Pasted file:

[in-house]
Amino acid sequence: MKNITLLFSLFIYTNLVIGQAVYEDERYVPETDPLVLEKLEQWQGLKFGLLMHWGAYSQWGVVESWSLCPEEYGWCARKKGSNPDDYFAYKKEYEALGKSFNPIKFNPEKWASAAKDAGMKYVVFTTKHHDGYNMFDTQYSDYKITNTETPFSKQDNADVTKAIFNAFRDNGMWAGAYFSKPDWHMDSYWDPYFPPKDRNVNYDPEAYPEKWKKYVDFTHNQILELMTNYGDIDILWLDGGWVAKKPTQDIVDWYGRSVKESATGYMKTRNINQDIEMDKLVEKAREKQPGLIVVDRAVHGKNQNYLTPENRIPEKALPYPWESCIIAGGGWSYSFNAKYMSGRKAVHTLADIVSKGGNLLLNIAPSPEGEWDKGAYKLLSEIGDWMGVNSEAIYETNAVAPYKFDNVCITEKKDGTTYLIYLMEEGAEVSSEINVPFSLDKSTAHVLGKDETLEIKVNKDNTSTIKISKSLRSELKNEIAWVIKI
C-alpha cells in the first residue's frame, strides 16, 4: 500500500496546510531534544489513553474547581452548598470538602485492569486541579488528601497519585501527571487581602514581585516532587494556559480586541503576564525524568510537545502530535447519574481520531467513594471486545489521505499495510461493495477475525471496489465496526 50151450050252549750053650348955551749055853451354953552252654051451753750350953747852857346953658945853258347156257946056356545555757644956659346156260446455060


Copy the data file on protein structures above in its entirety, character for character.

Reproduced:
[in-house]
Amino acid sequence: MKNITLLFSLFIYTNLVIGQAVYEDERYVPETDPLVLEKLEQWQGLKFGLLMHWGAYSQWGVVESWSLCPEEYGWCARKKGSNPDDYFAYKKEYEALGKSFNPIKFNPEKWASAAKDAGMKYVVFTTKHHDGYNMFDTQYSDYKITNTETPFSKQDNADVTKAIFNAFRDNGMWAGAYFSKPDWHMDSYWDPYFPPKDRNVNYDPEAYPEKWKKYVDFTHNQILELMTNYGDIDILWLDGGWVAKKPTQDIVDWYGRSVKESATGYMKTRNINQDIEMDKLVEKAREKQPGLIVVDRAVHGKNQNYLTPENRIPEKALPYPWESCIIAGGGWSYSFNAKYMSGRKAVHTLADIVSKGGNLLLNIAPSPEGEWDKGAYKLLSEIGDWMGVNSEAIYETNAVAPYKFDNVCITEKKDGTTYLIYLMEEGAEVSSEINVPFSLDKSTAHVLGKDETLEIKVNKDNTSTIKISKSLRSELKNEIAWVIKI
C-alpha cells in the first residue's frame, strides 16, 4: 500500500496546510531534544489513553474547581452548598470538602485492569486541579488528601497519585501527571487581602514581585516532587494556559480586541503576564525524568510537545502530535447519574481520531467513594471486545489521505499495510461493495477475525471496489465496526 50151450050252549750053650348955551749055853451354953552252654051451753750350953747852857346953658945853258347156257946056356545555757644956659346156260446455060